The issue I had was one of applying an effective solution to a known problem. Accepting the neighbour’s story as true and seeing no reason to disbelieve it, the problem was not that Mr Ahmed’s offie was selling booze to kids. On the contrary, a problem existed because Mr Ahmed’s offie would not sell booze to kids. The kids had presumably tried to buy booze and failed and decided to loiter around in either hope or expectation of acquiring booze by fair means or foul. A sting operation would not help in this instance. There was no suspicion Mr Ahmeds offie was breaking the law and attempting a sting would likely yield a negative result.

The actual solution was not to sting Mr Ahmed’s offie, but to help and assist him and his establishment. If Mr Ahmeds phones the police and reports kids loitering around his shop after unsuccessfully trying to buy booze then the police need to turn up and have a word with the kids. Loitering may not be breaking any laws, but intimidating people is against the law and at the very least the kids can be moved on. This requires the police to respond to a phone call in a timely manner and act on it. It isn’t a task they can do at their own convenience. But then I suspect no crime occurs at a convenient time you can plan for. As you would expect from a contrarian like me I told the local bobby this, explaining the flaw in his approach and suggesting the solution I had arrived at. I did not suggest it was the only solution but did point out that it was a solution and the coppers original plan wasn't. Suffice to say he didn’t appreciate it, but he didn't ask for the fridge magnet back. I think Mr Ahmed is in for a sting. I’d tell him but I rarely use his shop, so won’t get the opportunity. Tesco’s is cheaper you see.

Wednesday, 12 January 2011

Hardcore Boozing

I’m going to start this blog by firstly admitting I don’t really know what I’m talking about. I’m going to justify it by stating nobody really knows what they are talking about and my opinion is as good as any. It is on the topic of heavy drinking, inspired by Glyns posts here, and Mudges reaction to it here.

When I say I don’t know what I’m talking about, what I am saying is that I really don’t know how much alcohol constitutes a safe amount. The government advises us that it is 21 units per week for a man and 14 for a woman, with a unit being half a pint of 4% beer. So 10 and a half pints of Carling per week, spread about and not all in one night. Can you drink more without ill affect? I’m sure you can. How much more? I don’t really know and question whether anyone really knows for sure. Is the government wrong to advise us regarding what level of booze we ought to be consuming or should the government stay the hell out? In fact there is no consensus, look here, differing governments advise different levels.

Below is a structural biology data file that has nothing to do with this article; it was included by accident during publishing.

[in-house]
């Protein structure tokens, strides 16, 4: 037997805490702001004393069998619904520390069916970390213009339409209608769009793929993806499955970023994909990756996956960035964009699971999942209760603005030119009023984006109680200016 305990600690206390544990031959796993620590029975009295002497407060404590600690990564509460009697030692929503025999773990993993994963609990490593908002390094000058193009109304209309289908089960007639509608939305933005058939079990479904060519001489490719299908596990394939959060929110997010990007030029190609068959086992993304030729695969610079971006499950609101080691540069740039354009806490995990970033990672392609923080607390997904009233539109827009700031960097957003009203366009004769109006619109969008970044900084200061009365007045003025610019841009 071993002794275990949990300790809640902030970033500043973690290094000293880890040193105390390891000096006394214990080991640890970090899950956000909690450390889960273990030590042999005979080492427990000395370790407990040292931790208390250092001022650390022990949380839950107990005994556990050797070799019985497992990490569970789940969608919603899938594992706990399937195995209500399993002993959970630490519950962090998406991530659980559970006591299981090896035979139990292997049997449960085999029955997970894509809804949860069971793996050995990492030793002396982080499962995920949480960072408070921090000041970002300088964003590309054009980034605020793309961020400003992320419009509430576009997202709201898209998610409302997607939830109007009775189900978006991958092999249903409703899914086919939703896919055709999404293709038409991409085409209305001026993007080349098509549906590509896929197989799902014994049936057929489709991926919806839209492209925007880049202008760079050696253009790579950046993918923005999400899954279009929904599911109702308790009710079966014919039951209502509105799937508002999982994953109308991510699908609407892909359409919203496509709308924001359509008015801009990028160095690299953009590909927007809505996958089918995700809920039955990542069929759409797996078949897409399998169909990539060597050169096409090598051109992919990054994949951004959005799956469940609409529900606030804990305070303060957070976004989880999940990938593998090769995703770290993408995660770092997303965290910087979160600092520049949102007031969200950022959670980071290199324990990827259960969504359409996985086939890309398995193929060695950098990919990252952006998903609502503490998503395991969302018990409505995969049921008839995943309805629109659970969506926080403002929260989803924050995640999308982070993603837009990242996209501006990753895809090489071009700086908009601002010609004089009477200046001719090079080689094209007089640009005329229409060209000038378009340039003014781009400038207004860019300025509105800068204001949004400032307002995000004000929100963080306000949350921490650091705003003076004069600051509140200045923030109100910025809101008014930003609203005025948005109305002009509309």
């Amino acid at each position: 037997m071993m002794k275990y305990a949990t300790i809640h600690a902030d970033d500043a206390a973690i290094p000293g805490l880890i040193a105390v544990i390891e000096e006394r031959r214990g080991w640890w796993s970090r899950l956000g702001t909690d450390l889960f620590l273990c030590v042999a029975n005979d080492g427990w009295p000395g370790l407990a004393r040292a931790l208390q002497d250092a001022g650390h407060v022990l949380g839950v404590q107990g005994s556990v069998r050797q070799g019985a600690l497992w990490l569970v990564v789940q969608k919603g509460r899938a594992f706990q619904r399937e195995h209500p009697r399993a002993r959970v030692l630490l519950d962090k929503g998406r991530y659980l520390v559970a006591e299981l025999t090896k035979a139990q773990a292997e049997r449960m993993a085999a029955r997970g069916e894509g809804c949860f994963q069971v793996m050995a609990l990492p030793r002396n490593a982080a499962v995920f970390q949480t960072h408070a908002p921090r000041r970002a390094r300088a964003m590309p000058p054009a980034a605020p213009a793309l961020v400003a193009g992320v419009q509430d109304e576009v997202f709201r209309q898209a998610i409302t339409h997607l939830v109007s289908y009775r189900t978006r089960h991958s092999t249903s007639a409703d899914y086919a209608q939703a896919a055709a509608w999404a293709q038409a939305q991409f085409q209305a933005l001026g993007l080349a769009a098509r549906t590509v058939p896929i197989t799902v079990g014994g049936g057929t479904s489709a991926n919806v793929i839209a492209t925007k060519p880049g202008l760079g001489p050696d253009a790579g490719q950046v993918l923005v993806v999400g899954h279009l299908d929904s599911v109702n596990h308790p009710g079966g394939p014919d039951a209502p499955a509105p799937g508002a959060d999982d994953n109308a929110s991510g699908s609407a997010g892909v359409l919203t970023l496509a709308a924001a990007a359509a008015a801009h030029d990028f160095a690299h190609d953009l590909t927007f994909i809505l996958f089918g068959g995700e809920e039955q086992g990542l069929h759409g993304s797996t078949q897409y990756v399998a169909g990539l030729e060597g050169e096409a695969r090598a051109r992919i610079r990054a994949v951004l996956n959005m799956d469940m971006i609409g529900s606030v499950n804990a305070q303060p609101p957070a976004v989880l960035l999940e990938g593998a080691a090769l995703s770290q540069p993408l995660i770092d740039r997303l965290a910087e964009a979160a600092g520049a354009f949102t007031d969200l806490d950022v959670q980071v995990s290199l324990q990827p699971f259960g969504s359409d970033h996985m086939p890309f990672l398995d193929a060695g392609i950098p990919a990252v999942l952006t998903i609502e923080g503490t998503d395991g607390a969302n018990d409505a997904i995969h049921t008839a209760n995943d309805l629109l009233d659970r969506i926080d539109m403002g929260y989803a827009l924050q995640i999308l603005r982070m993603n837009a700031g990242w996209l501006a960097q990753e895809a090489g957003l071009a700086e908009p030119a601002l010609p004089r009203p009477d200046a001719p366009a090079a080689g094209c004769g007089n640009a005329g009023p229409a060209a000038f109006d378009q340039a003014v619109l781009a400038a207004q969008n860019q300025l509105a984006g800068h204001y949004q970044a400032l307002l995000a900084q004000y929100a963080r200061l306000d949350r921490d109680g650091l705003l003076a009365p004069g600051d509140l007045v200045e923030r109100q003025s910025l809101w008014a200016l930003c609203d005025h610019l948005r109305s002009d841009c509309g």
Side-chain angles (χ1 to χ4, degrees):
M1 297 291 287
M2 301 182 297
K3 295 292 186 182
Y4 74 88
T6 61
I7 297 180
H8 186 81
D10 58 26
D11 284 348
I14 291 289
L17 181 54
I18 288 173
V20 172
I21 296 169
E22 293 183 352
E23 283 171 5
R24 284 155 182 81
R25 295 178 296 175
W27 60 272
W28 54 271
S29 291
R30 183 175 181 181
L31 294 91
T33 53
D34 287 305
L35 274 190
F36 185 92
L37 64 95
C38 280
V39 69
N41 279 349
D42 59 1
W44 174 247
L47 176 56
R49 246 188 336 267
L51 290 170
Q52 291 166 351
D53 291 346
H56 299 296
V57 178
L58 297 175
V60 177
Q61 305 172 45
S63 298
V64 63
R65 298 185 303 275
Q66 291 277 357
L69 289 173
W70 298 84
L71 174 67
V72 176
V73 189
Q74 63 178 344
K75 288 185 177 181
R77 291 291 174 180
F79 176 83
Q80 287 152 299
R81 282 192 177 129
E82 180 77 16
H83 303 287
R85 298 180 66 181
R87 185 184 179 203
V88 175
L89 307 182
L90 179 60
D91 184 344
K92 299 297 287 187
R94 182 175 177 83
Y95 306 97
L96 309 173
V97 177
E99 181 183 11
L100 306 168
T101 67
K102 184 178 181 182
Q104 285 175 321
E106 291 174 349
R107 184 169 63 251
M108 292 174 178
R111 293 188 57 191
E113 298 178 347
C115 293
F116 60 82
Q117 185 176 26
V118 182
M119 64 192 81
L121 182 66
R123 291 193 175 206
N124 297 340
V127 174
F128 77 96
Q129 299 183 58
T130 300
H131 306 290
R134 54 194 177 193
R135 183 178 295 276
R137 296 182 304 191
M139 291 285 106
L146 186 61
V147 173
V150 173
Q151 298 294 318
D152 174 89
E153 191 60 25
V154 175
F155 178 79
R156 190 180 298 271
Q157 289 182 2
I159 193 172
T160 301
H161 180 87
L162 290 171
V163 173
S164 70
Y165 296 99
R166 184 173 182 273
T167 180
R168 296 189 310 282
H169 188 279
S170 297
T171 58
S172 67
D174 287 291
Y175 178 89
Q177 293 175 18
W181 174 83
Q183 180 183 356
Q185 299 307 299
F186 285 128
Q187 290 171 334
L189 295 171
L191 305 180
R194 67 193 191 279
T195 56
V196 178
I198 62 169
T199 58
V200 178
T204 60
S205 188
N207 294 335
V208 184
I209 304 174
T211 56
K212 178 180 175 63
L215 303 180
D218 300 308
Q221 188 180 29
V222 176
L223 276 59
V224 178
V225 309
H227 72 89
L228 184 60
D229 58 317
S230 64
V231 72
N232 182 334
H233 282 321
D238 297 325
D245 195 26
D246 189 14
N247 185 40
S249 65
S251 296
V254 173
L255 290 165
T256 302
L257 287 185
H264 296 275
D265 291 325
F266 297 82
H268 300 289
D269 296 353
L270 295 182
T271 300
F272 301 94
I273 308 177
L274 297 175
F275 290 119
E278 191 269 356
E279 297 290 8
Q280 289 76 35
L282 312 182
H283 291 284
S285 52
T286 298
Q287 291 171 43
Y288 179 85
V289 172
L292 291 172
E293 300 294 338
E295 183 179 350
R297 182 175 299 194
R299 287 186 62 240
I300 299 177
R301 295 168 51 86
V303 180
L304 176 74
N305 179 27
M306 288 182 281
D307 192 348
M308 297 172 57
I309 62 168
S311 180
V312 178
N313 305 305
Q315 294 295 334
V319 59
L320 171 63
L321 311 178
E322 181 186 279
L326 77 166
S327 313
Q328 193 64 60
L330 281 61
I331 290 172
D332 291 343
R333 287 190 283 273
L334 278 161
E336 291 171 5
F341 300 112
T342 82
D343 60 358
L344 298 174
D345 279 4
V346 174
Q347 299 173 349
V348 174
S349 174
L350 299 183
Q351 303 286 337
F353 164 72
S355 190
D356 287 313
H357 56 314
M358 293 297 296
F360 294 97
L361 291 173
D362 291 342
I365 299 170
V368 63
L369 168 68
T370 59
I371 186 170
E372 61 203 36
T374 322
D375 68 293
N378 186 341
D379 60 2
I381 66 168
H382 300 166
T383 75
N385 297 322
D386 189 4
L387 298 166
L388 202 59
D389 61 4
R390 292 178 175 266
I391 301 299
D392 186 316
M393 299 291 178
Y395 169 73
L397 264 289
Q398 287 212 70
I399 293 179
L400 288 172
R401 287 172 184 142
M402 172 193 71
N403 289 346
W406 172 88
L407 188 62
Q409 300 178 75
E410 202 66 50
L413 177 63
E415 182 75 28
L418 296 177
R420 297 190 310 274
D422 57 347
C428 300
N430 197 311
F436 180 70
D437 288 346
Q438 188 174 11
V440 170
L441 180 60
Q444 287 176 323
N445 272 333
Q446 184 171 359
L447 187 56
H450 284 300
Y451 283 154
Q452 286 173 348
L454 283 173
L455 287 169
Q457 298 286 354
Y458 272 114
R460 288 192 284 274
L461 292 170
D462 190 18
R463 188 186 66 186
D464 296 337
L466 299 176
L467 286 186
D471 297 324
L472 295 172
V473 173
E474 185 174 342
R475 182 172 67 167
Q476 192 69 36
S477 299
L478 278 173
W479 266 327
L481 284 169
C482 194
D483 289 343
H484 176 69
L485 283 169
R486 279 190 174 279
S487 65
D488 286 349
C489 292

The government advise us regarding many things. This is often called “the nanny state” by those that object to being advised. Do I object? Not really. Public health is a public cost. I find it sad the government feel they have to advise us to drink less, eat fruit and vegetables, and exercise more. You can even stand in the urinal in a British pub and see an advert from the government asking men not to rape women. What is that all about?

Some advice you might object less to. Advising children not to get into cars with strangers and to look left and right when they cross the road. That I suspect is one aspect of the nanny state you don’t object to. I don’t read many blogs taking the line “How dare the government advise kids not to take jelly babies off strangers that pull up to them in cars and ask them whether they want to get in the back seat and stroke some puppies. It’s a free country goddammit; the kid should make their own mind up, assess the risks for themselves and decide whether they get in the car. Not all strangers offering jelly babies to kids are going to rape and murder them. It’s a diabolical liberty and infringement of our basic freedoms. Why are we paying our taxes for this?” Though if you know different, let me know. That would be one worrying blog to read.

For all I don’t know on the topic of what is a safe amount to eat, drink & exercise, there is something I do know. I know that eating healthy and taking exercise is in fact better for you than sitting on your fat arse eating chips. The government advice to do the former and avoid the latter isn’t actually wrong, and advising us of this isn’t restricting our freedom to do the latter if we so choose.

Like government advice on smoking, it is actually true that smoking kills you. For every old timer telling you they smoke 80 woodbines a day and never had a day off sick in their life, the graveyard is full of people not so lucky who are not around to tell you about their health. When the government say “don’t smoke”, they are not actually wrong.